I'm just trying to learn this myself so correct me if I'm wrong and sorry if this is just nitpicking. Shouldn't the girth hitch on the left sling be done the other way so it isn't pulling back across the sling and amplifying the force at that point?

Also a quick question are those two right biners just clove hitched and is that a generally solid way to connect anything to a biner?


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By BWIce
From Carlisle, PA
Mar 22, 2013
North face of long's.

"self-equalizing" is second priority to redundancy. You can have any number of pieces of protection, but if they are not joined independently to a knot, the system has no redundancy. Meaning: if you cut any single strand in your system, what would happen to the rest of the system? On the right side you rely on a single strand, in the case of a failure in your cordelette you would lose two pieces of protection.

My preferred method is to clip each piece into a bight of rope in the cordelette, bring all three bights together, equalizing the force on the pieces, and tie a single overhand or eight with all three bights. This creates a "masterpoint" (the three loops below the knot) and a "shelf" (the three bights above the knot) to attach into and belay off of.

I'm guessing that you already know this system as it is preferred by many guides.


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By coldatom
From Cambridge, MA
Mar 22, 2013
Jurassic Park

Chase, you're fine. Use whatever method you like best. You don't need to back up the piece on the solitary leg.

But seriously, your biggest problem is the empty cans of Natty Ice strewn across your yard.


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By Cale Hoopes
From Sammamish, WA
Mar 22, 2013
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Only complaint I have about the Equalette is the extension if a strand breaks. Other than that, I've climbed on it and it seems quite solid. It's very nice for efficiency IMHO because you can leave it tied and have a fairly bomber anchor that's very fast between pitches. Since we trust the single rope not to break, trusting that a single strand of 6 or 7 mil not to break seems like a pretty safe bet to me.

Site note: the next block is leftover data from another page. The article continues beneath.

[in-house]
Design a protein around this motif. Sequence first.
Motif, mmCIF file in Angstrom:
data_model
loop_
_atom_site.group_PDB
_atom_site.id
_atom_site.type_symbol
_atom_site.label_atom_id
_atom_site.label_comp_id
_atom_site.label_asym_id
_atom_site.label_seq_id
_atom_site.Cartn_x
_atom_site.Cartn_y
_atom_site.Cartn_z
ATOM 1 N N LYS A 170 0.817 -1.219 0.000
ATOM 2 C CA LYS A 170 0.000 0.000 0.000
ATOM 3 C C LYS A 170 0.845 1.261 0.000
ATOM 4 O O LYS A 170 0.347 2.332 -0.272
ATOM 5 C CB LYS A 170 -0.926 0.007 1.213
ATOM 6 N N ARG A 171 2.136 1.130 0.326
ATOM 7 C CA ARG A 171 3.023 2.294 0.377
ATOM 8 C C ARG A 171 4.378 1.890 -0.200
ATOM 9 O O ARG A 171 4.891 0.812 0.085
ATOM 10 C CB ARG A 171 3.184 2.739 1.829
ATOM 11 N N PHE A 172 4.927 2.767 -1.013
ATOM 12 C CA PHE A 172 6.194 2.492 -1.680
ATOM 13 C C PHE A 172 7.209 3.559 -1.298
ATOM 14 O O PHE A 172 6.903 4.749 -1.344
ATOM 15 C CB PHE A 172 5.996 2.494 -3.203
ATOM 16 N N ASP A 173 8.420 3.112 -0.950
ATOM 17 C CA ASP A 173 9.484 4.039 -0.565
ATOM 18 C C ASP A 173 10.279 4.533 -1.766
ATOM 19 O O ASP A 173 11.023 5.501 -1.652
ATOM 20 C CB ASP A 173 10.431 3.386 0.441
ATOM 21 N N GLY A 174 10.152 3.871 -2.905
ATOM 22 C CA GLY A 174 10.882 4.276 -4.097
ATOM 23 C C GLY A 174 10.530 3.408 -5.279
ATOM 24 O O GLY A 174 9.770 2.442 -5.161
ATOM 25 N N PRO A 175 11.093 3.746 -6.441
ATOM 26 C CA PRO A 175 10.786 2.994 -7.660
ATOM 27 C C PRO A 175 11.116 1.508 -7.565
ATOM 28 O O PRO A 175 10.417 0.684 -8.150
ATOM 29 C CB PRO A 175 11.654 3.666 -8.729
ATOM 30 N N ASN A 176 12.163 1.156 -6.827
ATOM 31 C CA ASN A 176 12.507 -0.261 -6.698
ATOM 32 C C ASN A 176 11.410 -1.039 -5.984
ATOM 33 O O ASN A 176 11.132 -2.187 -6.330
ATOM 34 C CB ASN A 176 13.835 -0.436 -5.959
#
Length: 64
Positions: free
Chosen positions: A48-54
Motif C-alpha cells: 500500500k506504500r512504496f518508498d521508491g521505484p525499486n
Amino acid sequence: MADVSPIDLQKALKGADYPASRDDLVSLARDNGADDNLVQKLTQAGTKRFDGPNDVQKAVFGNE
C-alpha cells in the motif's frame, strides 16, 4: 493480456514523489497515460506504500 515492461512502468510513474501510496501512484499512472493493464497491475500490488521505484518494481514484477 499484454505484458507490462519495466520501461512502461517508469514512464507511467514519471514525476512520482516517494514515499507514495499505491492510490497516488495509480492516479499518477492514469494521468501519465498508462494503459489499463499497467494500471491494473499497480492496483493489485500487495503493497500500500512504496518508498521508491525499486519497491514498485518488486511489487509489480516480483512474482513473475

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By Greg D
From Here
Mar 22, 2013
Out of the blue.  Photo by Mike W. <br />

Cale Hoopes wrote:
Only complaint I have about the Equalette is the extension if a strand breaks. Other than that, I've climbed on it and it seems quite solid. It's very nice for efficiency IMHO because you can leave it tied and have a fairly bomber anchor that's very fast between pitches. Since we trust the single rope not to break, trusting that a single strand of 6 or 7 mil not to break seems like a pretty safe bet to me.


The extension is limited to the distance between your two "sliding knots" which should only be a total of 8 to 10 inches. This will limit the extension less than 10 inches. No big deal.


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By Ben Brotelho
From Albany, NY
Mar 22, 2013
Epic free solo with a pack on

That anchor is totally lacking in redundancy. If that beam blows you're gonna have some issues buddy!


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By Greg D
From Here
Mar 22, 2013
Out of the blue.  Photo by Mike W. <br />

Justin Tomlinson wrote:
(when moving side to side one arm will go slack).


This is precisely one the biggest advantages of the equalette. You are very likely to have at least two arms of the anchor sharing the load. With a cordalette, only a slight change in direction means only on piece will be loaded.


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By Greg D
From Here
Mar 22, 2013
Out of the blue.  Photo by Mike W. <br />

BWIce wrote:
On the right side you rely on a single strand, in the case of a failure in your cordelette you would lose two pieces of protection.


No, this is wrong. If each arm is attached with a clove, as it appears to be, they are independent.